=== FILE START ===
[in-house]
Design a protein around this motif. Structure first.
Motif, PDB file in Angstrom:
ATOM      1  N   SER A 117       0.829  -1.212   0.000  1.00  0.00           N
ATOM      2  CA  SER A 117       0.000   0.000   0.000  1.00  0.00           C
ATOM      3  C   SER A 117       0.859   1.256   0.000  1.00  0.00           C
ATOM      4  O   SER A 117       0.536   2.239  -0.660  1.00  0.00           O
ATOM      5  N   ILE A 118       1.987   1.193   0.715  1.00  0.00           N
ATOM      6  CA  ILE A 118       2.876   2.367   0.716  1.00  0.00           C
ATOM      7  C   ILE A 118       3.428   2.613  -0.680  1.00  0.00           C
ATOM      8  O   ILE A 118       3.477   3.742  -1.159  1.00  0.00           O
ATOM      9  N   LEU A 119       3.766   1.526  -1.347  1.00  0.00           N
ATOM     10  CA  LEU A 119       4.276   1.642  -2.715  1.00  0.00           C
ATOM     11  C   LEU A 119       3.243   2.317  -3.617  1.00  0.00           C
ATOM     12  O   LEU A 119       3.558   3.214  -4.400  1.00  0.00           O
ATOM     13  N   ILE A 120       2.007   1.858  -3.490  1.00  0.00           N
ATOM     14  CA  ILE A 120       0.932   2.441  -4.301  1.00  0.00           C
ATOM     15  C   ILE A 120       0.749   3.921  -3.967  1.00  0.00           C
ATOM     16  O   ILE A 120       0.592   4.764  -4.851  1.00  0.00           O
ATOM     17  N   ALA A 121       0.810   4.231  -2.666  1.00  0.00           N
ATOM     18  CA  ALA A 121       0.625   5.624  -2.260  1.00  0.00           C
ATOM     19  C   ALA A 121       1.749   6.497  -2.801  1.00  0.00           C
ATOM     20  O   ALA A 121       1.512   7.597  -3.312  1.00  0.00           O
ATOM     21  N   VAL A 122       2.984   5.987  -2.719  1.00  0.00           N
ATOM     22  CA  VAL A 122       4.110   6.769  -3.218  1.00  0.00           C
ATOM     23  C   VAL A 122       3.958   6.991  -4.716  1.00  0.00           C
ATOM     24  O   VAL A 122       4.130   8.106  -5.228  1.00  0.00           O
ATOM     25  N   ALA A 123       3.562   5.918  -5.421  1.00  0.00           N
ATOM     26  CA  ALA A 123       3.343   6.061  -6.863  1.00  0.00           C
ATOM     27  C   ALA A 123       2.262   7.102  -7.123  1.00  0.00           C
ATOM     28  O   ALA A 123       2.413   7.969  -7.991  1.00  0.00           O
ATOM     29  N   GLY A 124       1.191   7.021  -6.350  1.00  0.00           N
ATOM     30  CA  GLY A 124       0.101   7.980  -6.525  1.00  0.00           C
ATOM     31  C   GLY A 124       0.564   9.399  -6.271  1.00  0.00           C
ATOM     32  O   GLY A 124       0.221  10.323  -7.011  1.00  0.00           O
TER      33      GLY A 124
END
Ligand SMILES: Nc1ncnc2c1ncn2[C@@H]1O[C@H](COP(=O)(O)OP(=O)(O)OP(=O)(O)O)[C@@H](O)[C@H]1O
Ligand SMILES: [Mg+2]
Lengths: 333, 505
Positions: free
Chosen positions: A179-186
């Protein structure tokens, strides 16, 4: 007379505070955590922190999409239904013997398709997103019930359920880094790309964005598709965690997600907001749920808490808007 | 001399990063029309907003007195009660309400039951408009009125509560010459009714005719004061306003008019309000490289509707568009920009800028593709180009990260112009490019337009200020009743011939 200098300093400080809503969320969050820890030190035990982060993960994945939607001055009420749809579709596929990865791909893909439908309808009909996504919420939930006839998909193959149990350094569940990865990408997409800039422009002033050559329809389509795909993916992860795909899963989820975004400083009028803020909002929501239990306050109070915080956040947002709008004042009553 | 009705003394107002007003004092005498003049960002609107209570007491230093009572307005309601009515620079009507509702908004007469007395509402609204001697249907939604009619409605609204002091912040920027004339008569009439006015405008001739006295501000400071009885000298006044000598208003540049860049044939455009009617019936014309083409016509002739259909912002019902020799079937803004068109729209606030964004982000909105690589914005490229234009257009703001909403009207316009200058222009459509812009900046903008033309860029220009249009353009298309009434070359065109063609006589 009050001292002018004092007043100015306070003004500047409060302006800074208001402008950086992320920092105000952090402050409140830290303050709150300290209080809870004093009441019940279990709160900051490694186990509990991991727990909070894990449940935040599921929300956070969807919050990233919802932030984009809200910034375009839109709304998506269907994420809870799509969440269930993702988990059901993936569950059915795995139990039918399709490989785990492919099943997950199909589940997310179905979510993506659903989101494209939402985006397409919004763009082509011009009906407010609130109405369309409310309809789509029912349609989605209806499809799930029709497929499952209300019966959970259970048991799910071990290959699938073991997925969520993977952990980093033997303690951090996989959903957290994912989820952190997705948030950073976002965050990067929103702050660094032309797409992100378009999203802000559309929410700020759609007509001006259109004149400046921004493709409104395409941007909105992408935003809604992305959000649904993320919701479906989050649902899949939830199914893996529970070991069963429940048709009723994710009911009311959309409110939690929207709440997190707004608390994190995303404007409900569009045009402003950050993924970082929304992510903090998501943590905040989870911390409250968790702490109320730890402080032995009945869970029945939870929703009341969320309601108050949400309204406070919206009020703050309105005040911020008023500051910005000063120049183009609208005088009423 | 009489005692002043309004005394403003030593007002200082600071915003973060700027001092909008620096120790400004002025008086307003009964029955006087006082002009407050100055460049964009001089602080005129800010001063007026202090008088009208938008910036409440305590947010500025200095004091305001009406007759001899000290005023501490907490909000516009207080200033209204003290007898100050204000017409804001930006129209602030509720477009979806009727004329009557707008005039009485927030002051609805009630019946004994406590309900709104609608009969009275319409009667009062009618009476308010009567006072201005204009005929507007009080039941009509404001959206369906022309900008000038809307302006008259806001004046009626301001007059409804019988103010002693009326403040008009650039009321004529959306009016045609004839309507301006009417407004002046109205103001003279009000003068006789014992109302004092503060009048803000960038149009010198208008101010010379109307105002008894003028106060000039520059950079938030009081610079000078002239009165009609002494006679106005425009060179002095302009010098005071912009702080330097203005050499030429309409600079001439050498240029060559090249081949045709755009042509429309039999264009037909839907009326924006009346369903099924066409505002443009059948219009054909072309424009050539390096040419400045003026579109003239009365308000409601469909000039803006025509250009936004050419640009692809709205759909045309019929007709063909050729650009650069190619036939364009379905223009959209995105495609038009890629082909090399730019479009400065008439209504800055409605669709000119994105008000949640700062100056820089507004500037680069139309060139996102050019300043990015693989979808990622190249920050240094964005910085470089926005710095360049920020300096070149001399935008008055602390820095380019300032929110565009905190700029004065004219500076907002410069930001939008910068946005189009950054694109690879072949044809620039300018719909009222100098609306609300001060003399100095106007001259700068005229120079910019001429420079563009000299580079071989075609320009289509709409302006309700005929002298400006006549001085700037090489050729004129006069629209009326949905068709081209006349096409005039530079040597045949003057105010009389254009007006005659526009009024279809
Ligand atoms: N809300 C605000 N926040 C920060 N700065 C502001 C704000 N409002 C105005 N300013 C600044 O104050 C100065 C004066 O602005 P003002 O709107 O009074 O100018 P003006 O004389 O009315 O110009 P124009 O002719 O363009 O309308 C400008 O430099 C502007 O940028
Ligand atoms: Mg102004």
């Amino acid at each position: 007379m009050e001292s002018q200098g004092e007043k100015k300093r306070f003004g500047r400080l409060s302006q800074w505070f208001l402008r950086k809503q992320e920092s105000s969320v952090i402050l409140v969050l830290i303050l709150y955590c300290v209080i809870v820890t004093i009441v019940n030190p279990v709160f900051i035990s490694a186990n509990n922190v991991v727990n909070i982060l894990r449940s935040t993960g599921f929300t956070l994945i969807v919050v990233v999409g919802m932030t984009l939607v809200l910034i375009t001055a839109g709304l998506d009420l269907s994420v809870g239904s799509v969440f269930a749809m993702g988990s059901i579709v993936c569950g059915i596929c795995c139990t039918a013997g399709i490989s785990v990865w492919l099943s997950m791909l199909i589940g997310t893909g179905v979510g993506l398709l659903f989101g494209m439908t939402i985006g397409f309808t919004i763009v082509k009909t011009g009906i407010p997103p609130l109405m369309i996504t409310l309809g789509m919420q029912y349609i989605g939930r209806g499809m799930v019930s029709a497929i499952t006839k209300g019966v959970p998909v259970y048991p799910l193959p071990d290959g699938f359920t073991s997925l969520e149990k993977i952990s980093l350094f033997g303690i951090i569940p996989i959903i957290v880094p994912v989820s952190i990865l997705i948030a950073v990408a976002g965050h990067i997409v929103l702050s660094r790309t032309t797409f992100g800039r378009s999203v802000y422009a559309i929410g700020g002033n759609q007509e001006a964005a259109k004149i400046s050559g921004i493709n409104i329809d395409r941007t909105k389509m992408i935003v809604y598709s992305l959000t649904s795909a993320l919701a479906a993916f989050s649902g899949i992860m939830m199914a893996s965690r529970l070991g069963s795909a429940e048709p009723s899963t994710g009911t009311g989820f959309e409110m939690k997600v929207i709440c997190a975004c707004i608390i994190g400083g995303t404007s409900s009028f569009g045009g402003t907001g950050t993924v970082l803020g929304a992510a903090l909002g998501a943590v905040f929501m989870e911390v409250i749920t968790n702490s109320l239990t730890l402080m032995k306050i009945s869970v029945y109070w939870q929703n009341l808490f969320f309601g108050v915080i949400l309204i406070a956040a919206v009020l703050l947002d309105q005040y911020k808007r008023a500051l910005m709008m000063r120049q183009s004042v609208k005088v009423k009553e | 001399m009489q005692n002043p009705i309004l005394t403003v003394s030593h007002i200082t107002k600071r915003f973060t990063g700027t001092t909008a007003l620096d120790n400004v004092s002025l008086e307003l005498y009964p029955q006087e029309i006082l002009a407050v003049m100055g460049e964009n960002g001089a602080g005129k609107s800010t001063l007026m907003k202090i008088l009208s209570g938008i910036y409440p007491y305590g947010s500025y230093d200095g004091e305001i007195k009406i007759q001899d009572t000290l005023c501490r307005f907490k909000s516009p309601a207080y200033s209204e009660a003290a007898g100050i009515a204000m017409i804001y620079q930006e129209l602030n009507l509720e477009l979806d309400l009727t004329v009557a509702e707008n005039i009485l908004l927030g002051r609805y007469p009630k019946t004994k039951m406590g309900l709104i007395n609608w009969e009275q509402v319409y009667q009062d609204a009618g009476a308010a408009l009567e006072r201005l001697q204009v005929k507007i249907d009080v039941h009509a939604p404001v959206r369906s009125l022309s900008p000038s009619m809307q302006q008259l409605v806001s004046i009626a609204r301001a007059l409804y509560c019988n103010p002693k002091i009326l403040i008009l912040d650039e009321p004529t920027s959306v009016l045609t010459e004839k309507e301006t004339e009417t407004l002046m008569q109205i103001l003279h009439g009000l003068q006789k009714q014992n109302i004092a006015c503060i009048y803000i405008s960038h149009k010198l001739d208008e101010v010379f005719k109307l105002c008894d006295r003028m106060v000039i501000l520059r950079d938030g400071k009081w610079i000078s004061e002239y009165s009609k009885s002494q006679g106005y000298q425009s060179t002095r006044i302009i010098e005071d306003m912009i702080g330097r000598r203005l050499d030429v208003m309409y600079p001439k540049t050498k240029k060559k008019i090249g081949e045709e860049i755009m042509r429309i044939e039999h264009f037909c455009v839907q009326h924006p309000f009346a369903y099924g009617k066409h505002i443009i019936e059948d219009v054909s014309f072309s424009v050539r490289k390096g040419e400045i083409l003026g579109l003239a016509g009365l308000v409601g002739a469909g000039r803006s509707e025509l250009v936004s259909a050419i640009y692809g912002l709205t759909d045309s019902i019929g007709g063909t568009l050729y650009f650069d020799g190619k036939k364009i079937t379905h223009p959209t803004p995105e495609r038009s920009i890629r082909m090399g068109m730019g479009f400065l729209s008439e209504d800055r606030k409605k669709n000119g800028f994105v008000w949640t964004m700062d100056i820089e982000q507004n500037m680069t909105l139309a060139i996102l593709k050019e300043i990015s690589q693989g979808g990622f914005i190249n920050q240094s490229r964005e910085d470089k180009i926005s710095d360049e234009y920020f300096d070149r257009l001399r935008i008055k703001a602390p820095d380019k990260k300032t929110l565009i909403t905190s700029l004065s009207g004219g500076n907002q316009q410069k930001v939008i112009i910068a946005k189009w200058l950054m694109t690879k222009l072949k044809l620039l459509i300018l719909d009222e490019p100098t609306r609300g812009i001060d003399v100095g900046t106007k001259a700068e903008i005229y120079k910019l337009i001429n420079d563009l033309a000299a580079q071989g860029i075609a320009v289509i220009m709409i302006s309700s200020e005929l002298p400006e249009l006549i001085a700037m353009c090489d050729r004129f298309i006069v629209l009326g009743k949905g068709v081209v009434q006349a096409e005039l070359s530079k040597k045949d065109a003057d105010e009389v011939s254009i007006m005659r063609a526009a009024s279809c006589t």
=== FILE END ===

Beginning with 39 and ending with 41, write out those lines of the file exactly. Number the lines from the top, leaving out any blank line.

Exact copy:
Ligand SMILES: [Mg+2]
Lengths: 333, 505
Positions: free